This same concept can work with a mildly warped cabinet door.
- Remove the door from the cabinet face; choose a level and flat surface on which to do the flattening;
- Sand the bowed (convex) side of the door down to raw wood to remove some of the bow;
- Lay the door on the flat surface you have chosen and cover the door with a thick and large towel or a blanket that you have sprayed damp with water over the door;
- Place some weight on the towel or blanket, and let it sit for a day, and then replace the towel or blanket with a dry one, leaving the weight in place.
If the door is now flat and level, the warp problem has been cured. Yes, it means a refinish job, but the door is available for use once again when that is done. You may decide it would be easier simply to replace the door and match the finish to the rest of the cabinets. But, at least you have the option of doing either.
It’s difficult to remove all sources of moisture in the kitchen or bathroom. The kitchen sink, the stovetop that creates steam, the water kettle for coffee or tea, and other appliances will add more moisture to the air. The bathroom sink, the tub, and the shower are all pushing moisture into the air, too.
Some woodworkers subscribe to heat rather than moisture, and a heat gun is used to remove the box. We have never tried this with warped wood, so can not offer an opinion. However, we did find a number of discussions on woodworking bulletin boards about the use of heat guns and their efficacy in this process.
So, it may happen again. All you can do is make sure both sides of the door are finished and top-coated, as well as the top and bottom, to remove all entry points for that moisture. Varathane or Minwax Poly can protect cabinet doors from moisture entry, and they are common finishes for cabinet doors. Varnish and lacquer are also waterproofing sealants that can protect your cabinets from the moisture that is all around them.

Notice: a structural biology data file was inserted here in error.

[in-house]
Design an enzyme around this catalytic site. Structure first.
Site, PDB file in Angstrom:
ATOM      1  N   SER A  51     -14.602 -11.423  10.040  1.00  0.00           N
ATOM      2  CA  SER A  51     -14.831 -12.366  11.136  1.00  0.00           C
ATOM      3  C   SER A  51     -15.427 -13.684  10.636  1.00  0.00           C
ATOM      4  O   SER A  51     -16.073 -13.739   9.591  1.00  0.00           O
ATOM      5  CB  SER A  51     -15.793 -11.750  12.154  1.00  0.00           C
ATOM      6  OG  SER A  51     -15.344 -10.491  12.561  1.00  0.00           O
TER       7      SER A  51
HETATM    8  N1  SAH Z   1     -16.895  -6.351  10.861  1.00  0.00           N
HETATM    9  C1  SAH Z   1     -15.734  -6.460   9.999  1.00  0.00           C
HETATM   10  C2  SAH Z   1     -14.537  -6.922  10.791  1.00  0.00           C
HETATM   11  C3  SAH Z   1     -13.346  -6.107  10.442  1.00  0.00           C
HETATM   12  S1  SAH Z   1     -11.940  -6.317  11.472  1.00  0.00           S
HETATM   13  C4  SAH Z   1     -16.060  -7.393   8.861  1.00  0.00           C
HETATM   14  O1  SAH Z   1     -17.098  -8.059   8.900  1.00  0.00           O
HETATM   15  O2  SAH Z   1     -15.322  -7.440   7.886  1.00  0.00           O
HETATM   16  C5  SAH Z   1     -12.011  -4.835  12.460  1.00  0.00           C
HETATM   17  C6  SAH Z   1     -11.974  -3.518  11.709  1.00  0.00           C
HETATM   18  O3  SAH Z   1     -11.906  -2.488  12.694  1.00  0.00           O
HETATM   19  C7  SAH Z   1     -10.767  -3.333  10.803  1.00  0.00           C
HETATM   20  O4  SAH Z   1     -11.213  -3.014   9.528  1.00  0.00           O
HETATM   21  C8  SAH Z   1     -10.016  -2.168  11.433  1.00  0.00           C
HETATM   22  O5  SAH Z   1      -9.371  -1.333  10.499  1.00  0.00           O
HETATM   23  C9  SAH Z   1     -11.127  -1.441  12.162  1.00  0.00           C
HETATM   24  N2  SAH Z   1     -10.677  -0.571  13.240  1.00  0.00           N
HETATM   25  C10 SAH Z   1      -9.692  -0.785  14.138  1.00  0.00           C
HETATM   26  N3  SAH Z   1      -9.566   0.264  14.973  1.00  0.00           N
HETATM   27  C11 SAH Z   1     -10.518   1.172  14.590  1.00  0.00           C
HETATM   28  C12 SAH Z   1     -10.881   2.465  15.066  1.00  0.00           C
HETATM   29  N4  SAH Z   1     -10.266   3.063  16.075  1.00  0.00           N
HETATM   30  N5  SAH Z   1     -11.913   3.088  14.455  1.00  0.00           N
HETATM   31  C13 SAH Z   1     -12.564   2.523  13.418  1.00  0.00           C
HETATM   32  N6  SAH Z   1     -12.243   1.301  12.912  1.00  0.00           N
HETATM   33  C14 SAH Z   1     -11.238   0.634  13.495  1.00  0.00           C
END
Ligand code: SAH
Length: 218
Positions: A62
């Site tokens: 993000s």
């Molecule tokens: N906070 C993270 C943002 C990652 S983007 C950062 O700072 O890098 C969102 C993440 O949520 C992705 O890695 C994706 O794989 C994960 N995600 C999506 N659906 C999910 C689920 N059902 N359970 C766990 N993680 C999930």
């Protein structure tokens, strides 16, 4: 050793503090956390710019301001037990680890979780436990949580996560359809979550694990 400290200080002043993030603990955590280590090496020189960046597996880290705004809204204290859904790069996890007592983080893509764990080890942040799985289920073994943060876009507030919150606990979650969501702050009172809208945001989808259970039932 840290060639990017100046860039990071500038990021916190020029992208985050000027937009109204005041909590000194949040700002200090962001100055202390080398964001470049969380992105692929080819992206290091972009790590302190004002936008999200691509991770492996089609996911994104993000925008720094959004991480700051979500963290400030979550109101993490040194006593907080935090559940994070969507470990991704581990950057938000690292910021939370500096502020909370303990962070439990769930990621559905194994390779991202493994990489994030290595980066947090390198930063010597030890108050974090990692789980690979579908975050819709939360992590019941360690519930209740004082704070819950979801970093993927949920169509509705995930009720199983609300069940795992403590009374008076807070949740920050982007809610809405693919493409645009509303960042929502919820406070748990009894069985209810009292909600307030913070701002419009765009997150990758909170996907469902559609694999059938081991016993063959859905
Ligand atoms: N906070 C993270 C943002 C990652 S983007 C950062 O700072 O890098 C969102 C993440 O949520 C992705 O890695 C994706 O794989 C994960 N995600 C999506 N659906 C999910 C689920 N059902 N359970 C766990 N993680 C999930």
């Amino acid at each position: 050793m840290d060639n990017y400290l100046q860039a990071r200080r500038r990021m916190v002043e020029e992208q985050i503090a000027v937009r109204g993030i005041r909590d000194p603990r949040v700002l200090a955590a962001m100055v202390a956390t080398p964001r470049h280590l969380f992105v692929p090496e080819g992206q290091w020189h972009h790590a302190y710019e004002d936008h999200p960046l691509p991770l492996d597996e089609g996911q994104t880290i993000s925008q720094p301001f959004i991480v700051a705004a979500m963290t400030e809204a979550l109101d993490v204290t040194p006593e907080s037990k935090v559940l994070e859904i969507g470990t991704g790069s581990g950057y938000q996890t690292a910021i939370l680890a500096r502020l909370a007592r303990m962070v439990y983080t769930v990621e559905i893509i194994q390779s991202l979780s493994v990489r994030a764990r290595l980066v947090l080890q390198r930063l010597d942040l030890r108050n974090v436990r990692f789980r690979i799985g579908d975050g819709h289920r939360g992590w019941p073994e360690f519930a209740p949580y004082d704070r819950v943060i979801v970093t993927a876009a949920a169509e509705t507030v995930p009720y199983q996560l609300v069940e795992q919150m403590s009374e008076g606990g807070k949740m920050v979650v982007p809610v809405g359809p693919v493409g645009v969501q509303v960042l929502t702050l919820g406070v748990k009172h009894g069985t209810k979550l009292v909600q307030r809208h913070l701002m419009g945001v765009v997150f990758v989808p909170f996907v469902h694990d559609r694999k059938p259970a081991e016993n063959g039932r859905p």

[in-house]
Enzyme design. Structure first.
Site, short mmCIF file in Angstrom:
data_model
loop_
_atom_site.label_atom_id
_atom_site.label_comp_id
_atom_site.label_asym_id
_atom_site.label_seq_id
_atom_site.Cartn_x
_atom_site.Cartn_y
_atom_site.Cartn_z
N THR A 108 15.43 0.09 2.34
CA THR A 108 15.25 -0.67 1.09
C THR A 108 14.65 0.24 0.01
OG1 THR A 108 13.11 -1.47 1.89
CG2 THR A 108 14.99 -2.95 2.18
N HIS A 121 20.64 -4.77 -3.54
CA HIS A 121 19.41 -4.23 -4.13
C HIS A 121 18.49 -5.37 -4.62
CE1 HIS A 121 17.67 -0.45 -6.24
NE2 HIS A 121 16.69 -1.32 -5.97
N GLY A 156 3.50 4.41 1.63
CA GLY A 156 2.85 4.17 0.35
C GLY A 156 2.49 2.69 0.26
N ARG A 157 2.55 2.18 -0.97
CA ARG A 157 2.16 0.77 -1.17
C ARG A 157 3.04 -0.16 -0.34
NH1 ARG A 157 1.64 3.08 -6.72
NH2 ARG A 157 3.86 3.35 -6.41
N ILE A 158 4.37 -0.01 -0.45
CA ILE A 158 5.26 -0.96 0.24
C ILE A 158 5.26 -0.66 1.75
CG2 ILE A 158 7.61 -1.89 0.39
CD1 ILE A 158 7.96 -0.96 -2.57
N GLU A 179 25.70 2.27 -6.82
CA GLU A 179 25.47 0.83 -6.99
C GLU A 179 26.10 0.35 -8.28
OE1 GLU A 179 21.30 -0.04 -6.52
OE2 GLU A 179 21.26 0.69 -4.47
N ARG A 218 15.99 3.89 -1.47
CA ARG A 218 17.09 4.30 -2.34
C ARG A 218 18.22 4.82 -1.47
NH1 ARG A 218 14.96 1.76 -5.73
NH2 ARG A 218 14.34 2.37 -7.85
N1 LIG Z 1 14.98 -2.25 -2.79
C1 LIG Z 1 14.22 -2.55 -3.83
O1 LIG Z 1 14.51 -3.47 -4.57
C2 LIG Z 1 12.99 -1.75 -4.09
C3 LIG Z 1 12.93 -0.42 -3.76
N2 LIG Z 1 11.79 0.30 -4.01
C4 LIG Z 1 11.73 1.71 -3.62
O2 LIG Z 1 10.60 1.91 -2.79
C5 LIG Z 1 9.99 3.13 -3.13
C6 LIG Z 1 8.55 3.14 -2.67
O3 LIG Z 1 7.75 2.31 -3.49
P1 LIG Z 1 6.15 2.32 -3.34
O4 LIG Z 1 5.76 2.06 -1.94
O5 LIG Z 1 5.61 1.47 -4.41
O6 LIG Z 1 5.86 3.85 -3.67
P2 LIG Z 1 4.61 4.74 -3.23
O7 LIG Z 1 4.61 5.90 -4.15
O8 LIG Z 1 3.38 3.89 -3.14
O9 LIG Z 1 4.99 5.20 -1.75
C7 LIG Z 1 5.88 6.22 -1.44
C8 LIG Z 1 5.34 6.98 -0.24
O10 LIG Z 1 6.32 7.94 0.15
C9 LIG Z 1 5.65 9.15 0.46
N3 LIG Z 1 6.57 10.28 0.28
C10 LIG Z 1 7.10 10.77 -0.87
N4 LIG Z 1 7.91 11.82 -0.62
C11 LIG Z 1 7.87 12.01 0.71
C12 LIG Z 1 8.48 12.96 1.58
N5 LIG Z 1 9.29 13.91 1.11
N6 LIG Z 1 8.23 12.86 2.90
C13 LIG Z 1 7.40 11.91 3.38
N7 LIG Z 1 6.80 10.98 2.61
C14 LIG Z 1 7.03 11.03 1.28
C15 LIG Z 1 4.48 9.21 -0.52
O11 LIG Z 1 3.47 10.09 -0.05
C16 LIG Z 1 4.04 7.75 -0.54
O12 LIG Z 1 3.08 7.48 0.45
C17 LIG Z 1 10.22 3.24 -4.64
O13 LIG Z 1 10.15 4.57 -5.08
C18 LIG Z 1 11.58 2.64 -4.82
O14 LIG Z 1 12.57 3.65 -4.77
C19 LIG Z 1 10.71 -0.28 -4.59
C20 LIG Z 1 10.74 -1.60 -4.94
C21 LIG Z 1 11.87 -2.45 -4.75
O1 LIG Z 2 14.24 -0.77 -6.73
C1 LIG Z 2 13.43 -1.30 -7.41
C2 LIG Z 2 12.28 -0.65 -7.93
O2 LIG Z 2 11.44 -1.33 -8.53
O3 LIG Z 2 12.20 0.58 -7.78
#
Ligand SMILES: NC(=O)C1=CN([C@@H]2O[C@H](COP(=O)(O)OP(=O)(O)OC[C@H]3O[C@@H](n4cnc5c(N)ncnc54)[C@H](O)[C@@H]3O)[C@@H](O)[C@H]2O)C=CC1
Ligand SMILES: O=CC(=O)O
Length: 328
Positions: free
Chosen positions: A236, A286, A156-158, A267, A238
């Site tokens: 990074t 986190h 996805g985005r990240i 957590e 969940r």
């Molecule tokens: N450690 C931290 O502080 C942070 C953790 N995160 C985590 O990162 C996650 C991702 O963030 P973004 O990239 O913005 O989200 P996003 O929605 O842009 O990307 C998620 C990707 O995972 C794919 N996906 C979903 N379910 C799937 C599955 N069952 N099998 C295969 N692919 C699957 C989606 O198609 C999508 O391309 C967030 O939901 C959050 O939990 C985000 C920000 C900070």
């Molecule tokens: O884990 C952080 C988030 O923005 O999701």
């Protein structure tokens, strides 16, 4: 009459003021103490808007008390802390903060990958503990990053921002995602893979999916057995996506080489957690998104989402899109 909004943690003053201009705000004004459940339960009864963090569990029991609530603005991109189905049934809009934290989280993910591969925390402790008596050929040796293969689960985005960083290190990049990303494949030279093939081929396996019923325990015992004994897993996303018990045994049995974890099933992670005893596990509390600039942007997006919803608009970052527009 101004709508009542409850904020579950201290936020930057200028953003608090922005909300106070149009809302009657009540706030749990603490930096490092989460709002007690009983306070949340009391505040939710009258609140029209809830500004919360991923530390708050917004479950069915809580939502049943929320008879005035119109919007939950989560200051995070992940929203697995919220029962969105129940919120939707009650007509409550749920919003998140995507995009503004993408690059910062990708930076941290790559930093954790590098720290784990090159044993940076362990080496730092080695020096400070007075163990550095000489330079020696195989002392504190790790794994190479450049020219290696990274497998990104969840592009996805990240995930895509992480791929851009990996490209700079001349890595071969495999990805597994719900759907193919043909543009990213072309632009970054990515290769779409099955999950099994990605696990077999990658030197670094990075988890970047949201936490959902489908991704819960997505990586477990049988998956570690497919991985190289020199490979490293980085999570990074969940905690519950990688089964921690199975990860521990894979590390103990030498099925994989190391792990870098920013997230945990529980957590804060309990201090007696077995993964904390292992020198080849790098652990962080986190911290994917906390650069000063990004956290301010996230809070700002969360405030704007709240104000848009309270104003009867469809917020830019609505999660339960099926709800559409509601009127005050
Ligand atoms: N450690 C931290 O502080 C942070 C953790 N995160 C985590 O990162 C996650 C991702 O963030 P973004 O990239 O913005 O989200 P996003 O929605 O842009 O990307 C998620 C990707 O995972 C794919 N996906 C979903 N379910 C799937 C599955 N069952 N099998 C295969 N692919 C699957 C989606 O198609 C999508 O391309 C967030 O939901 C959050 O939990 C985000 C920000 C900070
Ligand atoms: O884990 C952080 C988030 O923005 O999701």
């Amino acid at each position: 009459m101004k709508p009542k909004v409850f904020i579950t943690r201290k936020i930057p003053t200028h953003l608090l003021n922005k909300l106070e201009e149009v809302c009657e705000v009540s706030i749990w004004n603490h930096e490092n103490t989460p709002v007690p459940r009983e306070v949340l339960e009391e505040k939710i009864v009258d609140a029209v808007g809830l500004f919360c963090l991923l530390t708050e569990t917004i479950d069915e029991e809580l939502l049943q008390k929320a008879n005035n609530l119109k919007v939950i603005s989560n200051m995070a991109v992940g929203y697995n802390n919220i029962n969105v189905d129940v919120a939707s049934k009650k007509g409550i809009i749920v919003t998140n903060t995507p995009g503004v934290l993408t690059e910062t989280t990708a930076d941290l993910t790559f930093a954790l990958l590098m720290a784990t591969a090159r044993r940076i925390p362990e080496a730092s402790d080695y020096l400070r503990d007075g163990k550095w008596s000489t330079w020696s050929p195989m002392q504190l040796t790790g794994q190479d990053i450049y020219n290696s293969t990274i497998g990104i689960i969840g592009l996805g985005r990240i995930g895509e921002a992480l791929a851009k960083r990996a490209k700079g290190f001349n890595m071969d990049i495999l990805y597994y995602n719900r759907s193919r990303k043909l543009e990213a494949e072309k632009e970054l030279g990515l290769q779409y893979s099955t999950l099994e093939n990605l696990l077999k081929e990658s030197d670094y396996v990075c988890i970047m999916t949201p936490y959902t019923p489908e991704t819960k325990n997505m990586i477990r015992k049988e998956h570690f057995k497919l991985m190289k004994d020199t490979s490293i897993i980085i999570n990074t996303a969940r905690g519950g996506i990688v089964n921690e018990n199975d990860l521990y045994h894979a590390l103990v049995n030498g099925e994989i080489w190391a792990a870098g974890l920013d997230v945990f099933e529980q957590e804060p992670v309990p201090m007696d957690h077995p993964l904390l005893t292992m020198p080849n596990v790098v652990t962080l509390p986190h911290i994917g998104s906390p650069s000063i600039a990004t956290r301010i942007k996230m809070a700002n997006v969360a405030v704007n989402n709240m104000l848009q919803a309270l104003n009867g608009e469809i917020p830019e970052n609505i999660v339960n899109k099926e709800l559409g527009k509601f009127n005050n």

When a Misaligned Hinge Is the Cause
Even a cm of misalignment can, over time, lead to a warp. Just think how many times a cabinet door is opened and closed, each time giving that misalignment an opportunity to cause mischief with the door.
- Check for loose screws or broken screw heads that can affect the hinge’s performance in those openings and closings.
- Double-check measurements and levels of the hinges as they attach to both the door and to the cabinet face.
- Most cabinet door hinges (cup hinges) are mortised into the cabinet face, so double-check the flush of the hinge with the face’s surface.
- Double-check the level of the hinges.
We mentioned the twisting of a door earlier, and this may also have to do with a hinge misalignment. There’s no bow or cup, just a twist that prevents the door top or bottom from closing fully against the face. Follow the same process in examining the hinges to determine the cause of the twist, and adjust accordingly.
You may be able to twist the door back into flat by bending it gently against a 1” piece of strapping as you close the door. Gently.
Or, a piece of 1” could be used as a cleat on the back side of the door, corner to corner diagonally, to straighten the twist. Be careful with the tension you create so as not to crack the door. If the twist is too pronounced, though, neither of these techniques might work. They are worth a try, though.
In short, determine the cause of any misalignment in hinge connections and take corrective action to cure it. Then, follow the steps outlined above to remove the warp and reinstall it or the steps outlined to remove a twist.
In woodworking, there are as many ways to approach a problem as there are woodworkers. Repairing a warped cabinet door is no different. Here’s an alternative to our suggestions that you might consider, too.
In short, our message is that a warped cabinet door is not a fatal problem. There are ways to fix that warp short of replacing the door entirely. We woodworkers do like challenges, and we like to be self-sufficient and not rely on a new purchase to cure a problem.